My mind was buzzing, like someone just turned on the Christmas lights at Santa’s house.
I didn’t sleep. I wrote a sales copy during that 8-hour flight.
The sales copy was for a free ebook. Why would I write a sales copy for a free ebook?
Well, at the time I thought of selling the book, but realized, this book should be given away to educate beginners on the importance of nutrition and what it can do to keep your body fit and healthy.
I wondered how I didn’t sleep the whole flight. Moreover, how could I write an entire sales copy without any microsleep?
It finally hit me while waiting for our bags at the luggage carousel.
Ah, green tea latte! I shouted in my head. Again, not crazy yet.
Green tea latte is a matcha latte
How did green tea keep me awake? More importantly, how did my creative juices flow out onto the keyboard?
So, I did what a near millennial would do. I Googled:
“ingredients in a green tea latte.”
The google results included matcha green tea latte. What is this, Matcha? I asked myself.
What is Matcha?
So, more googling entailed.
Hey, Google, what is matcha?
A brief history of Matcha, and this may surprise you. Despite its name, Matcha originated from China.
“In China, during the Tang dynasty (618–907), tea leaves were steamed and formed into tea bricks for storage and trade. The tea was prepared by roasting and pulverizing the tea, and decocting the resulting tea powder in hot water, then adding salt. During the Song dynasty (960–1279), the method of making powdered tea from steam-prepared dried tea leaves, and preparing the beverage by whipping the tea powder and hot water together in a bowl became popular.“
Matcha is from the green tea plant, Camellia Sinensis, which is also made into tea bags. The difference from steeped green tea bags is that Matcha is grown under shade for 3 to 4 weeks. This process of growing green tea plants under a shade produces a significant amount of theanine and caffeine.
Also, Matcha is grounded to powder form instead of being broken down into smaller pieces.
In 1191, Matcha was brought into Japan by a Buddhist monk, Eisai, and it became an essential item among monasteries. By the 14th century, Matcha was highly regarded by the upper-class society.
Matcha originated from China but never became popular. Why?
My theory is that it takes some time and effort to prepare. Patience is one of the core values in Japanese culture. In contrast, steeping a bag of tea leaves in hot water is easy peasy.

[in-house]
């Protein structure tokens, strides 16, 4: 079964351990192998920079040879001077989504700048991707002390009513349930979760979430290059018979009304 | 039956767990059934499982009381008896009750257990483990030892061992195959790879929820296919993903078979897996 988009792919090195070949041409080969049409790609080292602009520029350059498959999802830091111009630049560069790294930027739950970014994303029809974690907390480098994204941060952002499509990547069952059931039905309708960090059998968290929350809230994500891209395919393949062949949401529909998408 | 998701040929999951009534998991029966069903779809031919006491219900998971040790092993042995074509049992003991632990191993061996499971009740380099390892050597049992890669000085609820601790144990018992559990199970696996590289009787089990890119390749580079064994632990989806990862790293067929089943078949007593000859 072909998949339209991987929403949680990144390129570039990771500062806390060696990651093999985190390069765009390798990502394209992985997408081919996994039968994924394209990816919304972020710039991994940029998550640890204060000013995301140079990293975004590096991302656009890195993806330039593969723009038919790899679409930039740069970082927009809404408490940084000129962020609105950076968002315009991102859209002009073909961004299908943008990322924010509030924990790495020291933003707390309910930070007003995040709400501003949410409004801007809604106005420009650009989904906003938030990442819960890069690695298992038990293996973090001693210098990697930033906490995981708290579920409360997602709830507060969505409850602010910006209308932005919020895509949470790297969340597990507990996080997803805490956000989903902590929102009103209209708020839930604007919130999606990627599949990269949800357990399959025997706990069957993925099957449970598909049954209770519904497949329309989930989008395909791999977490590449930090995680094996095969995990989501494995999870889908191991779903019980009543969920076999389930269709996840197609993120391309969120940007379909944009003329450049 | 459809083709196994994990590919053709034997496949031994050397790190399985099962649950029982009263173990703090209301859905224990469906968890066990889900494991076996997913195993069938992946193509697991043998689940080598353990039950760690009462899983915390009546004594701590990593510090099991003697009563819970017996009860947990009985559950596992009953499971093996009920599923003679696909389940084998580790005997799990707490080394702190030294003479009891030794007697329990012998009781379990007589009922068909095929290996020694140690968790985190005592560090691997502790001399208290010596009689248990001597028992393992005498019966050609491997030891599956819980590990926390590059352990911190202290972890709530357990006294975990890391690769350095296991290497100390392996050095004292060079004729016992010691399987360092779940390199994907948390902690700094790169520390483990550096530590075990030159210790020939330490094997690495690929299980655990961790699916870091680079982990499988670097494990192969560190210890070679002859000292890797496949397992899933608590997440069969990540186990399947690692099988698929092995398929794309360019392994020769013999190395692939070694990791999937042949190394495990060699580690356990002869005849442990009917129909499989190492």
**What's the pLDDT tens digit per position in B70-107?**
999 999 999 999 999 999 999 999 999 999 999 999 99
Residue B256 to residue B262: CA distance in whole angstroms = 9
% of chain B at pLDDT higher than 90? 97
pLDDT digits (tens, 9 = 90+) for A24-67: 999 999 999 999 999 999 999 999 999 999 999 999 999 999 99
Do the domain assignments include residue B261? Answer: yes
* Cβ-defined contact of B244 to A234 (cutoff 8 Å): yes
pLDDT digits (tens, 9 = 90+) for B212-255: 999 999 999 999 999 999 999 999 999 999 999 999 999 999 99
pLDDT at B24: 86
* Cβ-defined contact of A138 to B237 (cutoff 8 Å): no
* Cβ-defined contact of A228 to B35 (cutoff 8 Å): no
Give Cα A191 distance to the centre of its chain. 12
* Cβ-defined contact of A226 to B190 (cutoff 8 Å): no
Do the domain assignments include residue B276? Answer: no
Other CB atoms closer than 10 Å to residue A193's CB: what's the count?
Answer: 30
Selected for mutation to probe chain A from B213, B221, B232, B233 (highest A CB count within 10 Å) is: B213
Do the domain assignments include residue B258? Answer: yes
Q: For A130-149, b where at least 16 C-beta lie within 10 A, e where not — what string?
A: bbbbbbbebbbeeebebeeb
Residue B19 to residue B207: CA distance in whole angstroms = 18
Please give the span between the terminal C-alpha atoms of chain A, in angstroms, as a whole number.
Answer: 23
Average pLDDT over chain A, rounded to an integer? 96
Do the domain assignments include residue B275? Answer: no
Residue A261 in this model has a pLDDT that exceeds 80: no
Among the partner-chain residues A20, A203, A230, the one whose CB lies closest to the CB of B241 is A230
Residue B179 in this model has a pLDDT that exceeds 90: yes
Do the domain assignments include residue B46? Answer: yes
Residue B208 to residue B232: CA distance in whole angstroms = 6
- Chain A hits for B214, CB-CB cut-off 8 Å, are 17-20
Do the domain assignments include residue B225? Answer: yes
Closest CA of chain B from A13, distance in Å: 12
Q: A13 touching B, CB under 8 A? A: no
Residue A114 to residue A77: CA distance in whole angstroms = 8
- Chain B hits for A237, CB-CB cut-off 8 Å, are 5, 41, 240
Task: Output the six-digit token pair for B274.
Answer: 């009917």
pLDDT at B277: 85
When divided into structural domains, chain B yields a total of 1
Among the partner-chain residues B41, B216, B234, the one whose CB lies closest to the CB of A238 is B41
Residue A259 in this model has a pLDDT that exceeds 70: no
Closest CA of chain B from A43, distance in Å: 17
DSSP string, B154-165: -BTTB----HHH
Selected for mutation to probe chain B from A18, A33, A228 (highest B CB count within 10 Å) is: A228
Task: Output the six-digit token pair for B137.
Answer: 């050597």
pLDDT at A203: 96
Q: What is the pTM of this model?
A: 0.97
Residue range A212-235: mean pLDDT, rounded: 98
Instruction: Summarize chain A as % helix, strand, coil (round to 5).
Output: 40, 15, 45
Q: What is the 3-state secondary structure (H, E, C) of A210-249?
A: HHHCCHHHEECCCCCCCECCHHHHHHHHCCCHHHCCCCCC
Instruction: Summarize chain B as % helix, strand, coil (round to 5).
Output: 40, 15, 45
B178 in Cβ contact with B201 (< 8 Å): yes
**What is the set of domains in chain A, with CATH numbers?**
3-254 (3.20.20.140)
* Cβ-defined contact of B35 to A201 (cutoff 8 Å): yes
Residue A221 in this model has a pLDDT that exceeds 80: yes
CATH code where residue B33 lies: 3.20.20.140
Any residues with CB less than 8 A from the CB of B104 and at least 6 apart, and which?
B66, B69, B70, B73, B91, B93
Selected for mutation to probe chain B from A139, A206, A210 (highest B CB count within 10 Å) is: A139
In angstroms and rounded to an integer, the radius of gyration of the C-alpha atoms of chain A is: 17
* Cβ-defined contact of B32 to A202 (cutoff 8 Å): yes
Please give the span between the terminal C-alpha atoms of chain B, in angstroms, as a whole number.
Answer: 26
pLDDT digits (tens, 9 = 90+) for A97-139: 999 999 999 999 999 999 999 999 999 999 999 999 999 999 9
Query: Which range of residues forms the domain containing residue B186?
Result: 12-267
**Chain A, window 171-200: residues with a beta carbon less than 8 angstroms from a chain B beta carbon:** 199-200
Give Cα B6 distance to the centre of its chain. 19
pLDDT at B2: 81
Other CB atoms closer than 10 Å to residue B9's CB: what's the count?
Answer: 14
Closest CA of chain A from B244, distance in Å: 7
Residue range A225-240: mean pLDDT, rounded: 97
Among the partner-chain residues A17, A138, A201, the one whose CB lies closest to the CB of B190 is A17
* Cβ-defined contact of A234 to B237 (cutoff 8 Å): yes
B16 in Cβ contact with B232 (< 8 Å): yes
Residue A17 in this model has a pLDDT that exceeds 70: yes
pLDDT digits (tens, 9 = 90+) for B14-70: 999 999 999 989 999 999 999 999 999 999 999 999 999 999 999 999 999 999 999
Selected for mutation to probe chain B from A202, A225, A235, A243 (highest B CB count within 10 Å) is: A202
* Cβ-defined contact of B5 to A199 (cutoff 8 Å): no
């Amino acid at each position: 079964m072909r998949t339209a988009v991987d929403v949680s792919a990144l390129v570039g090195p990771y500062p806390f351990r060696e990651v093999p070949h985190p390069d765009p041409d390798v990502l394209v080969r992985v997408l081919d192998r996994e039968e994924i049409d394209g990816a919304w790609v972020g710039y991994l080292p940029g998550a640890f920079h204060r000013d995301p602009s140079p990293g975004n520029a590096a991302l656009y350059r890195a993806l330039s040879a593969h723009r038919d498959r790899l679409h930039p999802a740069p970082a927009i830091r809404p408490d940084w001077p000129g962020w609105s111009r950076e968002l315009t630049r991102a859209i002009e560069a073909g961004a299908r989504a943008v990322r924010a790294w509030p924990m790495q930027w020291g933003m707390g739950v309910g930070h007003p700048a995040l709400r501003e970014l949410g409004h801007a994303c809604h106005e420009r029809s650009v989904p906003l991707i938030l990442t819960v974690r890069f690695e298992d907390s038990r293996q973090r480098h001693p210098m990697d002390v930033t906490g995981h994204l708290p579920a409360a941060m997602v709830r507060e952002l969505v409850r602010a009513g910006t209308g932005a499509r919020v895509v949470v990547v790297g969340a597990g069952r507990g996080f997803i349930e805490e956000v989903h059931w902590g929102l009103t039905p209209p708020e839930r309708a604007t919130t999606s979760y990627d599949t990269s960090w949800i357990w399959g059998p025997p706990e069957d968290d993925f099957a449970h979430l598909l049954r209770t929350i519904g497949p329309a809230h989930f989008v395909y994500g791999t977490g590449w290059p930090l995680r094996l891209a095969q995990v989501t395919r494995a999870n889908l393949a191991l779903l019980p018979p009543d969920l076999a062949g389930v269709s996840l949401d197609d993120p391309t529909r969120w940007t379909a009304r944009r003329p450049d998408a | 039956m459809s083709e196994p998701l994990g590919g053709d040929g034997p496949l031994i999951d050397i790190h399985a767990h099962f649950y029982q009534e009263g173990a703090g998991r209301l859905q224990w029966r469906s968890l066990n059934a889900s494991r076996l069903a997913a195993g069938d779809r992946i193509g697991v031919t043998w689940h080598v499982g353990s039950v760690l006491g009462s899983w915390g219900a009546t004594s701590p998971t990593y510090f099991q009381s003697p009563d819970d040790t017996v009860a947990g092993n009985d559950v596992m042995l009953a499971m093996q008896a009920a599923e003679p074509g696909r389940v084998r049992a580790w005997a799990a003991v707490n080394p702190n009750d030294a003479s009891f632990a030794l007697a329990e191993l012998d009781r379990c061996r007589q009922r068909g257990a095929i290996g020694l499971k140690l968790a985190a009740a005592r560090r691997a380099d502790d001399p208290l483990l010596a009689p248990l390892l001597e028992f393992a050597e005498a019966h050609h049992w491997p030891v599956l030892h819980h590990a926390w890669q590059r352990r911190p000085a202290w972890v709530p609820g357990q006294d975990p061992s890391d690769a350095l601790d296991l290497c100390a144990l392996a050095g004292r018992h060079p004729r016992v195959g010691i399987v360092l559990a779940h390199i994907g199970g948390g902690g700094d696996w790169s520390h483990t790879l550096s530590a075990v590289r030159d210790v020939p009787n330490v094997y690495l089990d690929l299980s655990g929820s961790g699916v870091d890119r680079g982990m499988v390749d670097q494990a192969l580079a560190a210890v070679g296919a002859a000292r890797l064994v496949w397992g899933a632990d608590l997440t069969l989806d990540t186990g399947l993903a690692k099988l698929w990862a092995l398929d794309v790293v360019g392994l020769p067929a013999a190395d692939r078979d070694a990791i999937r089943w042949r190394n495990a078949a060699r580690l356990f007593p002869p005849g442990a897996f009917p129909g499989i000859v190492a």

How to prepare Matcha
Traditionally, Matcha is prepared with a bowl and a whisk. There are 2 types of matcha preparation.
Those 2 types are Usucha and Koicha.
Usucha is the weaker and thin version.
Koicha is the stronger and thicker version.
The main difference is the amount of water, and tea powder added. Other than that, the preparation is the same.
- Sift 1 teaspoon (2 grams) of Matcha in a chawan bowl.
- Pour 70 ml of 80-degree Celcius water into the bowl.
- Use the bamboo whisk and whisk away using the W technique.
- W technique is writing a W with your bamboo whisk.
- Whisk until you get foaming. Some like it foamy, and some will stop at the first sign of foam.
- The consistency is runny, watery, and thin.
- Enjoy while warm and within 3 minutes.
- Sift 1 teaspoon (4 grams) of Matcha in a chawan bowl.
- Pour 50 ml of hot water into the bowl.
- Use the bamboo whisk and whisk away using the W technique.
- Once the consistency becomes thick and paste-like, stop.
- Unlike Usucha, you will not get any foam. Enjoy it while warm and fresh.
Here is a video from the Zen Temple, Kennin-Ji, Kyoto, Japan, using the usucha method.
Sometimes I can’t be bothered doing all these siftings, whisking and prepping so I use the bottle shake method.
Bottle shake preparation:
- Sift 1 teaspoon of Matcha into a leak-proof bottle.
- Add 100 ml of warm water. Don’t use hot water because it will create pressure when shaken.
- Vigorously shake the bottle for 30 seconds to a minute.
- Drink and enjoy.
The video below by Yoshiko sums up matcha bottle prep very well:
Matcha hot latte preparation:
- You can either use the usucha method or the bottle shake to mix with the milk.